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What does home mean to you? PDF Print E-mail
Friday, 18 July 2014 10:02

home isThe average number of rough sleepers found on outreach sessions in Southampton has doubled since 2008, but addressing homelessness is about much more than putting a roof over someone’s head, says Hannah Stewart from local charity The Society of St James.


What does home mean to you? That was the question we asked our Twitter followers a while ago. We got some responses that made us laugh (‘A cat or furry creature’, ‘A 60” 3D TV & a Smeg fridge, obvs’) but most of the replies shared a common theme- safety, stability and security:

‘A home is somewhere comfortable and safe, where I can be with my family’

‘Warm, comfortable, safe’


‘My books, bedding and when it smells like home’

‘Not the way it looks, but the way it feels. Ease & comfort’

The idea of ‘home’ is about much more than a building. It’s easy to get the impression that addressing homelessness is all about putting a roof over someone’s head. But people who are homeless are often contending with a whole range of issues, including mental health problems, drug or alcohol addiction, and past or current involvement with criminal activity. 33% of homeless people use drugs, 32% have mental health problems, 27% have a history of offending and 28% have a combination of these.

‘We focus on giving people the tools & skills they need to build a secure, stable future’

These are issues that can lead to feelings of insecurity, tension, danger, unease and fear - everything that ‘home’ isn’t. Addressing these underlying issues is essential for someone to change their life for the better.

Offering shelter just first step

The Society of St James started in 1972, as a group of volunteers from a collection of churches who opened up a church hall to accommodate 11 homeless men. Many of the men we worked with in those early days were struggling with heavy drinking, and the team realised very quickly that offering shelter was just the first step. Over the years, as we worked with people to find how we could best support them as individuals, we began to provide support with drug and alcohol addictions, mental health problems, employment and training.

Taking risks

We’ve taken some risks along the way. We set up Southampton’s first ‘wet houses’, providing accommodation for homeless people whose alcohol addiction meant that they were unable to stay in other hostels in the city. When we realised that some of the older people we support needed more care than our hostels and shared houses could provide, but couldn’t find a care home that would cater for their alcohol addiction and mental health issues, we set up our own care home.

‘The average number of rough sleepers found on outreach sessions in Southampton has doubled since 2008’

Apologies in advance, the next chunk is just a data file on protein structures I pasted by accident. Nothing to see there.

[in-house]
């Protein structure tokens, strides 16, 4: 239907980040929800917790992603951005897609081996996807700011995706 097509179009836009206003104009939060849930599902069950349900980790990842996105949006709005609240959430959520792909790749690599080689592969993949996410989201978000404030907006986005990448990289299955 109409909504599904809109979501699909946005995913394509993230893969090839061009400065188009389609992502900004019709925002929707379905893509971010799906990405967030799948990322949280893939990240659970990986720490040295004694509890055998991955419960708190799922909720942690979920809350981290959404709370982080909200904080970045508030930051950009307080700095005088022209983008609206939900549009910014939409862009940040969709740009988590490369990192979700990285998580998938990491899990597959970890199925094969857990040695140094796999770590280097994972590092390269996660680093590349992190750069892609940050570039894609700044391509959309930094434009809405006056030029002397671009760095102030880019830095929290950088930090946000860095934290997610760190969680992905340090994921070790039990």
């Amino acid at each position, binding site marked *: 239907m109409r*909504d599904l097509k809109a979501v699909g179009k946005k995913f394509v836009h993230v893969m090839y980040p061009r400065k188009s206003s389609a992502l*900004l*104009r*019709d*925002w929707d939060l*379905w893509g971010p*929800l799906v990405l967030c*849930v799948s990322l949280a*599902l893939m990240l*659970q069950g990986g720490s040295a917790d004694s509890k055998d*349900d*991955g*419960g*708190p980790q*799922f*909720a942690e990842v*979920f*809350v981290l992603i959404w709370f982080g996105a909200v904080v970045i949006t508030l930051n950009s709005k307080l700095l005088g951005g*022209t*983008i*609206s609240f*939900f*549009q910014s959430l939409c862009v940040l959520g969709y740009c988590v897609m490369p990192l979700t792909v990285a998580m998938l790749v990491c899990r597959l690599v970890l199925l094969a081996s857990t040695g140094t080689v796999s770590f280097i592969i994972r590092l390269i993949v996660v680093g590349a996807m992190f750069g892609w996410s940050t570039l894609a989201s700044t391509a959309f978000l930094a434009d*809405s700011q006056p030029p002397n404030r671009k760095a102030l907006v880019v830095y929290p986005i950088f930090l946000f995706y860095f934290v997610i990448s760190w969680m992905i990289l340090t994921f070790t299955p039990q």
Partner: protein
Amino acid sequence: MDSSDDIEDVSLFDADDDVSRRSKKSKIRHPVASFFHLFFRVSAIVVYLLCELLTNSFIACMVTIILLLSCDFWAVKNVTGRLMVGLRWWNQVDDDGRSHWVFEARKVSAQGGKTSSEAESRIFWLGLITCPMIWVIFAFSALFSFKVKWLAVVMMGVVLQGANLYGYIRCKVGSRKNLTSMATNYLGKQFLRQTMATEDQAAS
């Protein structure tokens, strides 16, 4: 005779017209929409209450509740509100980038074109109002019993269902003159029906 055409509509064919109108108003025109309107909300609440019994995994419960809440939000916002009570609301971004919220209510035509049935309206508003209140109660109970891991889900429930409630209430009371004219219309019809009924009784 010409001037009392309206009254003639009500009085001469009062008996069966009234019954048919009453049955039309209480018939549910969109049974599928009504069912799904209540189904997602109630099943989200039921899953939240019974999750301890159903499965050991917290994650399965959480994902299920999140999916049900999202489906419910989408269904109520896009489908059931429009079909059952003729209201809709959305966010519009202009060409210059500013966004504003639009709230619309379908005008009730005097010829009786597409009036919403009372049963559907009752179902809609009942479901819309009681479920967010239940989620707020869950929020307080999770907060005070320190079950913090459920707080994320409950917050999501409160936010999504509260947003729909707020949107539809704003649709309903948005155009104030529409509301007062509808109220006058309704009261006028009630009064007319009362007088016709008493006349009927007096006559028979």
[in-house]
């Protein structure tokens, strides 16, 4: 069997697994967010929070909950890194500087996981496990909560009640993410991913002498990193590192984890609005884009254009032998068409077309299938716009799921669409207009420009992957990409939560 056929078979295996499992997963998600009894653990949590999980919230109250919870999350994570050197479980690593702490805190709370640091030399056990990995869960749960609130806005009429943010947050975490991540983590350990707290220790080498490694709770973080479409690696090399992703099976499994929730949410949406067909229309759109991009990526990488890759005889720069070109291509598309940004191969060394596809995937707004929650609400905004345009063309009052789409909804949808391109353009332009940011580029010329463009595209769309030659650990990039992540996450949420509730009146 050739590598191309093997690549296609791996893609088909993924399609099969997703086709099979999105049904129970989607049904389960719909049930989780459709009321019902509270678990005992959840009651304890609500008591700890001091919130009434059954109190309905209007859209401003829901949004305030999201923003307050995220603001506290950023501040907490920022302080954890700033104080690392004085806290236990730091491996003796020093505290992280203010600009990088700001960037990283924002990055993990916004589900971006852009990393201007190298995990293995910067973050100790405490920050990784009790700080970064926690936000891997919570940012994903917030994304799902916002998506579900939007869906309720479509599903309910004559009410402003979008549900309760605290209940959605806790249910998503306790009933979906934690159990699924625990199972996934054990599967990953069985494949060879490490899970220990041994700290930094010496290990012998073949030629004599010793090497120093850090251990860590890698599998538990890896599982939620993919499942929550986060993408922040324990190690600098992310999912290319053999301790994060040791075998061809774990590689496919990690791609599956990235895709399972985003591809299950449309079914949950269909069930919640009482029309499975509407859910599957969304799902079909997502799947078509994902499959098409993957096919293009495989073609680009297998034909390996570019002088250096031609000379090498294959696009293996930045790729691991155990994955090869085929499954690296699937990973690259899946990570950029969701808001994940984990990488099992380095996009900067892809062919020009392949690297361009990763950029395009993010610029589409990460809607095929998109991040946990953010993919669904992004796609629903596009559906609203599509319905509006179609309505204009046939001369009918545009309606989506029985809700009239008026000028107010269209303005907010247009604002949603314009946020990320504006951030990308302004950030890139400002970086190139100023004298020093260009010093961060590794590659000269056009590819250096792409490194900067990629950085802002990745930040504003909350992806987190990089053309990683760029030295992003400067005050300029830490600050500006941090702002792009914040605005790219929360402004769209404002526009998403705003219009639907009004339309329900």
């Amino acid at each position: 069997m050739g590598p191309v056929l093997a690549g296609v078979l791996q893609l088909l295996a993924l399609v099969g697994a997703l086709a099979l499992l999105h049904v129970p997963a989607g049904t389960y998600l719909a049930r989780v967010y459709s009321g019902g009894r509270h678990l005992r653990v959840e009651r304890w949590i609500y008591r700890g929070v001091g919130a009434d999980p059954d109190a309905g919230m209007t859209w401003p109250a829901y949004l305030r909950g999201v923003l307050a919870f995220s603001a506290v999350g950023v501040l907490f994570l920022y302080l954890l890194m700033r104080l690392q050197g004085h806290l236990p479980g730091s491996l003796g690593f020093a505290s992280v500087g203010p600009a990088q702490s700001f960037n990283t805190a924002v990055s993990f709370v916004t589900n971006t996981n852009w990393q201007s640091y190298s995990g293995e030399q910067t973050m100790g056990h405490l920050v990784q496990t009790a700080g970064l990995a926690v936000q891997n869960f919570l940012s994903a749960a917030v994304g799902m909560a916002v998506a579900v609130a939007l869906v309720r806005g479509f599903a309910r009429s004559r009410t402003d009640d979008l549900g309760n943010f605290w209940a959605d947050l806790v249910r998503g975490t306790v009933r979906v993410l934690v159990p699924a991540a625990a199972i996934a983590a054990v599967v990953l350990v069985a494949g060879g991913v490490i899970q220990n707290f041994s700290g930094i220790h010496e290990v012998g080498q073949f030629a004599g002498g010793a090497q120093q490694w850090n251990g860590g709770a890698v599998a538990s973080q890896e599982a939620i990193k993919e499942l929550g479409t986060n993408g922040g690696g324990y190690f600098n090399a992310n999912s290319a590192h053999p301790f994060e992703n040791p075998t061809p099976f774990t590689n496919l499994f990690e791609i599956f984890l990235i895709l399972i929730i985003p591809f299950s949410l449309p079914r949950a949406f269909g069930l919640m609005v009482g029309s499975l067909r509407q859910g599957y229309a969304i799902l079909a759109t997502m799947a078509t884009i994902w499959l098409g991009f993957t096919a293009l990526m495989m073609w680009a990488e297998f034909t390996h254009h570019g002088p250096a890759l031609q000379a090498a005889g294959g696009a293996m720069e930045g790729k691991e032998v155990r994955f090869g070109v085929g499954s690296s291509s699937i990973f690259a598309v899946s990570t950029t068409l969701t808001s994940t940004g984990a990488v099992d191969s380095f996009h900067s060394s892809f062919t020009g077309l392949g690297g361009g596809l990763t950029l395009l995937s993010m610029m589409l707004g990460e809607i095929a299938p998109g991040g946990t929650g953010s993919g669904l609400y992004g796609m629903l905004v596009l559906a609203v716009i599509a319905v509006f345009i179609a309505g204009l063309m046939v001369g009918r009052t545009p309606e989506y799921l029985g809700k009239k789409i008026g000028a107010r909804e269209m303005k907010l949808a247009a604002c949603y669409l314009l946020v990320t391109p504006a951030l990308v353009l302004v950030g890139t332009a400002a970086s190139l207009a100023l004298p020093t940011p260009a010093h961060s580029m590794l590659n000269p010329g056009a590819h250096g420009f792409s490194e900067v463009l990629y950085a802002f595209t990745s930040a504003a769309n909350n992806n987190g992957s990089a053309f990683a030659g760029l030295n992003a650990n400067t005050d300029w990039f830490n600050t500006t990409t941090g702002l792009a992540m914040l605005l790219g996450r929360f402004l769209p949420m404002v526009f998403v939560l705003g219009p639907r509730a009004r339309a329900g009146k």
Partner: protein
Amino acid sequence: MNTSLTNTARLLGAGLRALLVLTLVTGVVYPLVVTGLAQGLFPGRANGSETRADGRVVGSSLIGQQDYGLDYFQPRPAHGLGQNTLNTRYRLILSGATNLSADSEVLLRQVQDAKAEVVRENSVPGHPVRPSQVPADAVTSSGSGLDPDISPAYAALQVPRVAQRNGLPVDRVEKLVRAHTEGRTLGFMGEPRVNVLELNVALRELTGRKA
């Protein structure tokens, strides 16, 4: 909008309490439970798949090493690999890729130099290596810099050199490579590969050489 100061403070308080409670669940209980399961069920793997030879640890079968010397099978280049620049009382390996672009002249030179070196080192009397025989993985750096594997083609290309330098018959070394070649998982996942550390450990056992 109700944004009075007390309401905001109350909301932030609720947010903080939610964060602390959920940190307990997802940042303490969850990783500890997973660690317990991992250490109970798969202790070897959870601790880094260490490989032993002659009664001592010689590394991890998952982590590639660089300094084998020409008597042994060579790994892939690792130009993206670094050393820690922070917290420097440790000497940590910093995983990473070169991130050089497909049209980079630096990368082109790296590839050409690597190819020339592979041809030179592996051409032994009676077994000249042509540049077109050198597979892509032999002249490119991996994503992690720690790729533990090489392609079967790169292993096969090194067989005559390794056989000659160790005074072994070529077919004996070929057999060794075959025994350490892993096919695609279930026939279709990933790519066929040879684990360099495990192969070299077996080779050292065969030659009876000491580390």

Now, SSJ works with over 2500 people across Hampshire. We focus on giving people the tools and skills that they need to build a secure, stable future for themselves. This might involve entering into recovery for addictions, volunteering with us, or gaining work experience through our social enterprise Jamie’s Computers.

We encounter a lot of stereotypes about the people that we work with. They are accused of being ‘wasters’, ‘scroungers’ and ‘slackers’, people who want to take from society without giving anything back. And yet, so often when I chat with the people that SSJ supports, their ambitions are to find work and give something back.

Dan has been supported by SSJ to recover from drug addiction and get back into employment. He spoke about the impact of getting back into work on his self-confidence:

“I have a support mechanism, people to talk to and share any problems I increased my confidence and self-worth as I made new friends and had new people to chat with. The work placement and now my job has given me a reason to get up in the morning.”

Amelia started drinking heavily at the age of fifteen and went on to use cocaine for nine years before entering recovery. She wanted to give something back and help others, so started volunteering for us:

“I felt like I had found somewhere that I finally fitted in. I was able to build on my confidence and this led to me being able to gain paid employment as a relief worker for SSJ.”

Matt spent time in an SSJ hostel but is now living independently and doing a job that he loves:

“I am looking forward to achieving my life goal, which is a simple one because I am a simple person - to have my own flat or house with a job to provide for my family.”

Dan, Amelia and Matt have achieved much more than just a roof over their heads. They have worked hard to develop stability, security and safety in their lives, and so have found ‘home’ in the truest sense of the word.

You can help people like Dan, Amelia, and Matt to build a better future. Click here to donate now, or here to find out more about us and other ways of getting involved.

Homelessness is an increasing issue in our local community, with the average number of rough sleepers found on outreach sessions in Southampton doubling since 2008. There is still a lot of work to be done. But at SSJ, we continue to believe that everyone has the right to a home, and the ability to transform their lives for the better.

Hannah Stewart

To find out more about SSJ, visit:



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